We’ve all heard people say things like, “I felt completely overwhelmed” or “I just couldn’t take it”; they mean that the emotions arising for them in a given situation were more than they could tolerate at that time.Â In psychodynamic psychotherapy, we often talk about the ability to “contain” feelings, where the mind is thought of as a kind of holder or container for experience. People have differing abilities to contain their emotions:Â some can continue to think in the presence of powerful feelings while others explode under pressure and “lose their minds.”Â Some of us “over-contain” our feelings, flattening or deadening them, and others get carried away by an emotion and have no capacity for thought or self-reflection.Â Wilfred Bion, a British psychoanalyst, originally put forward these ideas.Â Based on his understanding of early mother-infant communications, he elaborated the relationship between the mental container and the contained experience, using it to explain what goes on between client and therapist in the consulting room.
If you think about newborn babies, they have virtually no ability to contain their experience or to understand what it means.Â The example I find most useful is to think about infants and their first encounters with hunger.Â For the newborn, accustomed to continuous feeding via the umbilical cord, this unfamiliar experience in its belly doesn’t yet “mean” anything; it doesn’t signify “need for food” in any meaningful sense.Â Rather, hunger is at first experienced only as something painful and frightening.Â It’s difficult to use our adult language for these pre-verbal experiences, but I think the newborn feels something like terror; first the birth traumaÂ and later hunger pains are felt as a threat to its ongoing existence — something extremely “bad” in the most primitive (not moral) sense.Â At first, newborns have no understanding or mental ability to “contain” their bad experiences; all they can do is try to get rid of them via the process we call projection.Â I’m sure you know what I mean:Â the screams of a newborn feel extremely projectile, as if the frightened infant wants desperately to expel something very painful, very “bad”.Â Â The way they writhe about looks as if they’re trying to get rid of something. Their physical distress and those cries evoke echoes of the infant’s pain within us and are often excrutiating to witness.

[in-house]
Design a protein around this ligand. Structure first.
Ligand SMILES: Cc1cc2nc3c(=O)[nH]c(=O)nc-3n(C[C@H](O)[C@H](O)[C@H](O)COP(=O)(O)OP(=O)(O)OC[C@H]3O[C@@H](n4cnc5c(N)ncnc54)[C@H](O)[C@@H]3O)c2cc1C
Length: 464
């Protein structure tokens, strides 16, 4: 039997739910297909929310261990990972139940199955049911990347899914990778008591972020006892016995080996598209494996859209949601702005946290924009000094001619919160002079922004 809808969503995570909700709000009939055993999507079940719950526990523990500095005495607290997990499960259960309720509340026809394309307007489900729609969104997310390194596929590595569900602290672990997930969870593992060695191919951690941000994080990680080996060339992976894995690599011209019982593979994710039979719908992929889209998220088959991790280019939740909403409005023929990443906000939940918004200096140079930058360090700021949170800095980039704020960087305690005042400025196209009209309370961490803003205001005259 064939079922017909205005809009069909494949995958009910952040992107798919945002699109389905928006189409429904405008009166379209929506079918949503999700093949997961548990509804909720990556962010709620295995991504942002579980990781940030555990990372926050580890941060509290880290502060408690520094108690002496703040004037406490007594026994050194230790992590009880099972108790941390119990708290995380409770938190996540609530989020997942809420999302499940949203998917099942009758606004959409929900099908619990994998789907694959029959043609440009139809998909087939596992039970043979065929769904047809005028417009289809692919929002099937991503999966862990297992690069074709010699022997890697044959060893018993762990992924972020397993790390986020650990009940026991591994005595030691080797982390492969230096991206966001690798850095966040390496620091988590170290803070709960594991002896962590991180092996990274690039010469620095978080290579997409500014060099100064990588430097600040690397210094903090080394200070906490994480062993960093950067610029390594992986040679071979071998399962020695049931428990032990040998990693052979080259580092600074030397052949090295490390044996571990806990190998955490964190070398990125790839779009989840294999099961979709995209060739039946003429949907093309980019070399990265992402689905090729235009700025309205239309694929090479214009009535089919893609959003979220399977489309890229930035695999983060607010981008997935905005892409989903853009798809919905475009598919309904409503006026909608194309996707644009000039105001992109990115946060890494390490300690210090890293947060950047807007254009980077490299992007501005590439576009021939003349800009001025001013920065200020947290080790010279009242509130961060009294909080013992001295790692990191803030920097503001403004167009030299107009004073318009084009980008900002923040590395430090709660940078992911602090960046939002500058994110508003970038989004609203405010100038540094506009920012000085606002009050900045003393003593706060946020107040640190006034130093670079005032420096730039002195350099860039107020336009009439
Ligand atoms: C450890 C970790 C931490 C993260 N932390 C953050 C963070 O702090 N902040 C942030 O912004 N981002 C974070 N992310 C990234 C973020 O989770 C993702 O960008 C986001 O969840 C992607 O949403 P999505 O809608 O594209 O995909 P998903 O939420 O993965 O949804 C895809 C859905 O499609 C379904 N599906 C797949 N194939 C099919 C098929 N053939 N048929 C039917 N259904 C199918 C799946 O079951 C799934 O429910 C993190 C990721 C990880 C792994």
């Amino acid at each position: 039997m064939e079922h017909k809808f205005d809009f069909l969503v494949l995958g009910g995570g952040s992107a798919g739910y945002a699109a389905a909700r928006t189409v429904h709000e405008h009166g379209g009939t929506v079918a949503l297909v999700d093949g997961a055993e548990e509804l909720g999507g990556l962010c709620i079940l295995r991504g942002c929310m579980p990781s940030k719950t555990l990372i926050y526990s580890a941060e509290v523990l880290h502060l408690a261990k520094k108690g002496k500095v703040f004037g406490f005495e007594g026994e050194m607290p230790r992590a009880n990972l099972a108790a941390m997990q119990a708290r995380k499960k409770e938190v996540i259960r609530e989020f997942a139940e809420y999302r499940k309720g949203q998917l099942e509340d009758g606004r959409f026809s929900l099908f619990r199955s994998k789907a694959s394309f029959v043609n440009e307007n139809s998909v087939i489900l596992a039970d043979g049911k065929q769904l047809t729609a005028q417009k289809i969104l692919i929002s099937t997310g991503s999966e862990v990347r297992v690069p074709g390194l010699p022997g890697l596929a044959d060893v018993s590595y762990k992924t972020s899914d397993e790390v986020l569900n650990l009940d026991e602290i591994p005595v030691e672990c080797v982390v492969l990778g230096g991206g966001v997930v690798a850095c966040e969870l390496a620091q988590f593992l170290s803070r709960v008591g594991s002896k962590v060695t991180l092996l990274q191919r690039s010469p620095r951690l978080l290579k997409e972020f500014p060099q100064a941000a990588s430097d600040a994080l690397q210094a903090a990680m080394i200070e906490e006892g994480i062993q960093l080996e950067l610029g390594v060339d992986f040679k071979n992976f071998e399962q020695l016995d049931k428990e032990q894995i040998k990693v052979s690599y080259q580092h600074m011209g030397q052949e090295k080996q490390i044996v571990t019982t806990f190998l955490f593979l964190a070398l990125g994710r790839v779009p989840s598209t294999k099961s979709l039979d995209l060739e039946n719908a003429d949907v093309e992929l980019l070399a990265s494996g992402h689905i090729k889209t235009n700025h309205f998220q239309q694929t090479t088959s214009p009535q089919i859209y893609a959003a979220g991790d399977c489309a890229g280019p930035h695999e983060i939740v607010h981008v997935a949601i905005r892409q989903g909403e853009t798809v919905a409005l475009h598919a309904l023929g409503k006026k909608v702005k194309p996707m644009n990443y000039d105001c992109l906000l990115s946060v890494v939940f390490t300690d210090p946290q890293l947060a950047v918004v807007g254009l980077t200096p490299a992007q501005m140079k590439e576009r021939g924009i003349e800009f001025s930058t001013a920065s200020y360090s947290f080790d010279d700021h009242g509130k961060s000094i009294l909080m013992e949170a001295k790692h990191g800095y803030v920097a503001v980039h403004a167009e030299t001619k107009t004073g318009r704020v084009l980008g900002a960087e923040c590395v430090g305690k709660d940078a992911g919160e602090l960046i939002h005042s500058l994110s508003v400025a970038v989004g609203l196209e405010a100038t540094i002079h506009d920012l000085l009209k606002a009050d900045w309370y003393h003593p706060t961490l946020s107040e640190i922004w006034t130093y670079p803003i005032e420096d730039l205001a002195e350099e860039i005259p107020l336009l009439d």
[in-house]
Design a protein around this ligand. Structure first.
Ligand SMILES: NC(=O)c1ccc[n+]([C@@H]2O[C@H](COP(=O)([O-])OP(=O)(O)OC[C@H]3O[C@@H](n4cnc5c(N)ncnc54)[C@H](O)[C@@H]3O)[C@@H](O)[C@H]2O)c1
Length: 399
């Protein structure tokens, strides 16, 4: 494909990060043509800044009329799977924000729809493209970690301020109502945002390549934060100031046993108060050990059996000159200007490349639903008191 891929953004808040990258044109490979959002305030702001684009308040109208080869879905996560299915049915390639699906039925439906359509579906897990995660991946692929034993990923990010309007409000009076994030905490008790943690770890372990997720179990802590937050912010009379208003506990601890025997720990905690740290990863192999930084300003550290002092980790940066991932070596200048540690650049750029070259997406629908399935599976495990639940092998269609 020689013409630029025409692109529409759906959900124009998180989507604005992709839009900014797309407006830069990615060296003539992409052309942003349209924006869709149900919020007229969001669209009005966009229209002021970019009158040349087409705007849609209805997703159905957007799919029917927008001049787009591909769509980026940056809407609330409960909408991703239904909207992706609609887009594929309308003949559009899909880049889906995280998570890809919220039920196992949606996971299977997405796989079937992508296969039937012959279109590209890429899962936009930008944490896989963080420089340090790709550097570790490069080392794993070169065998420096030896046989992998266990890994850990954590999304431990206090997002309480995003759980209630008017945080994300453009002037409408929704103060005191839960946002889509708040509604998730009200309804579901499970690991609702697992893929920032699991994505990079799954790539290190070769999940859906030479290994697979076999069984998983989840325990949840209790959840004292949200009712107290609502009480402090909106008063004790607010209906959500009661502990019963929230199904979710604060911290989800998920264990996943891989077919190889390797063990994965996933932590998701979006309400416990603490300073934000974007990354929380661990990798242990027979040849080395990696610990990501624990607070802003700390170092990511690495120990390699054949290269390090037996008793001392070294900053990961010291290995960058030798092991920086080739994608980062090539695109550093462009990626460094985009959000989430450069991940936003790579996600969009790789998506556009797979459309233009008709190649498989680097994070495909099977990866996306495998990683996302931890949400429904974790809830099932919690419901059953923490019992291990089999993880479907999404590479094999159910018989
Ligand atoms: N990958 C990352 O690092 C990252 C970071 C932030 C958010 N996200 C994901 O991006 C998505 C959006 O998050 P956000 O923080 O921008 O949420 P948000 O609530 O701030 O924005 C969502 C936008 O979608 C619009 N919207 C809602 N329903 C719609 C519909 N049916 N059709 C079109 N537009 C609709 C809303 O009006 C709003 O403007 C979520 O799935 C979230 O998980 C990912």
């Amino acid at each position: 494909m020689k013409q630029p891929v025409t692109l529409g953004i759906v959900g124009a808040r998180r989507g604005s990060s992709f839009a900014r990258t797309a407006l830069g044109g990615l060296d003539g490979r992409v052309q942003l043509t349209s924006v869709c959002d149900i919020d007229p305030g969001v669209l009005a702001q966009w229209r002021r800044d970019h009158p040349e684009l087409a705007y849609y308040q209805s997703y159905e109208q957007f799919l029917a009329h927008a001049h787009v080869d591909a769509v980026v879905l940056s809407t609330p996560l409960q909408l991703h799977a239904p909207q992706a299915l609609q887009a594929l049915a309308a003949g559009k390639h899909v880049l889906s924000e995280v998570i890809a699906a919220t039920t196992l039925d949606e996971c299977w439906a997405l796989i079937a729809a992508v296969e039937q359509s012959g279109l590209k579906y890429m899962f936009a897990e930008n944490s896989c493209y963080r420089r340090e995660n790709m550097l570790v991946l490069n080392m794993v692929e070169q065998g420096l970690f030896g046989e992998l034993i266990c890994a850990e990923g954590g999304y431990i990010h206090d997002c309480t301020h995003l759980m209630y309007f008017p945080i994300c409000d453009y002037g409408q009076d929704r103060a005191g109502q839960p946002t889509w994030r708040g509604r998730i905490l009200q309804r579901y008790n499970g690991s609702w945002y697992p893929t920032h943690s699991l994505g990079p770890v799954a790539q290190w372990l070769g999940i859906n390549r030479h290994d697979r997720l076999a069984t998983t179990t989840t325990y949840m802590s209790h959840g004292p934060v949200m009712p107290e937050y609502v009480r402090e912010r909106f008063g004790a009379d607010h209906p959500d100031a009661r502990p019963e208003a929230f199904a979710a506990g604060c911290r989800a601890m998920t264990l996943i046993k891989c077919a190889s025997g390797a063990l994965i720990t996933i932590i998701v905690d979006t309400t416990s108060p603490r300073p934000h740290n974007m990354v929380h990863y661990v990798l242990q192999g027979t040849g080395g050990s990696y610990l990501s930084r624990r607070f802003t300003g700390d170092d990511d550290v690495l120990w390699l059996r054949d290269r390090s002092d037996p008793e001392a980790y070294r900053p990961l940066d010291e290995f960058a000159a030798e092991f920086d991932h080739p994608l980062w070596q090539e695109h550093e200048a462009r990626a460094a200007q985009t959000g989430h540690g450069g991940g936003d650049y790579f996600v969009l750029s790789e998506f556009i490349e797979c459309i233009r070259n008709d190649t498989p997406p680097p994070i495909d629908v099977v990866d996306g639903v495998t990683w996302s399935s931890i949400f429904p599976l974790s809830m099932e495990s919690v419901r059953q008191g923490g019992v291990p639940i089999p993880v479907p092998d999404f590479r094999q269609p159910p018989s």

But Bion also believed that these projections function as a kind of communication — an innate mechanism, useful for the survival of the species, where the infant’s screaming projections evoke feelings in its caretakers that make them want to do something.Â It’s the mother’s job to accept and bear those projections; by understanding what the baby needs (food) and providing it, she functions as a kind of external container or mind. As I see it, the mother supplies meaning.Â The baby feels terrified by its experience, as if in danger of annihilation; the mother’s appropriate response says, “No, you’re not dying; you’re hungry … and here’s the food you need.”Â Over time, with the mother functioning as the external container for unbearable experience, responding appropriately, the infant learns to bear and understand its own feelings, to know what they “mean”.Â The infant gradually develops its own mind as a container for experience.
That’s optimal development, of course.Â When mothers can’t or don’t provide enough of what their babies need, they grow into children and eventually adults with little capacity to bear their own experience.Â If parents respond inappropriately — say, by providing food when what is actually needed is warmth or comfort — they may teach their children to mis-interpret feelings.Â If parents feel overwhelmed by the emotions their babies evoke in them and rely upon their own defense mechanisms to cope, they pass along those defenses to the next generation.Â This is a complex subject and these are only a few of the possible ways that mother-infant communications may go awry.
Bion found that his adult psychotic patients relied heavily on projection, as if they were still trying to communicate via that primitive method and to get what they needed — i.e., understanding.Â He believed the role of the psychoanalyst vis-a-vis a patient was to function as a kind of external container, in a way analogous to the mother’s relation to her newborn.Â While Freud famously described how his patients often related to him as if he were somebody else, a significant figure from the patient’s past (transference), Bion and other object relations theorists expanded our understanding of transference to include the ways that patients split off and project unwanted or unbearable parts of themselves into the therapist, often as an attempt to communicate.Â In my own experience, especially in working with borderline personality disorder, I have found this latter view compelling and useful.Â While I’ve occasionally found my clients relating to me as if I were a judgmental father or rejecting mother, more often I’ve felt as if unbearable feelings were being projected into me.Â It often seems to me that the larger part of my job is to bear with my clients long enough to understand what those projections mean and, over time, to help them bear with and understand their own experience, too.
In the next post, I’ll describe what this actually means with some clinical examples to make the concept less theoretical.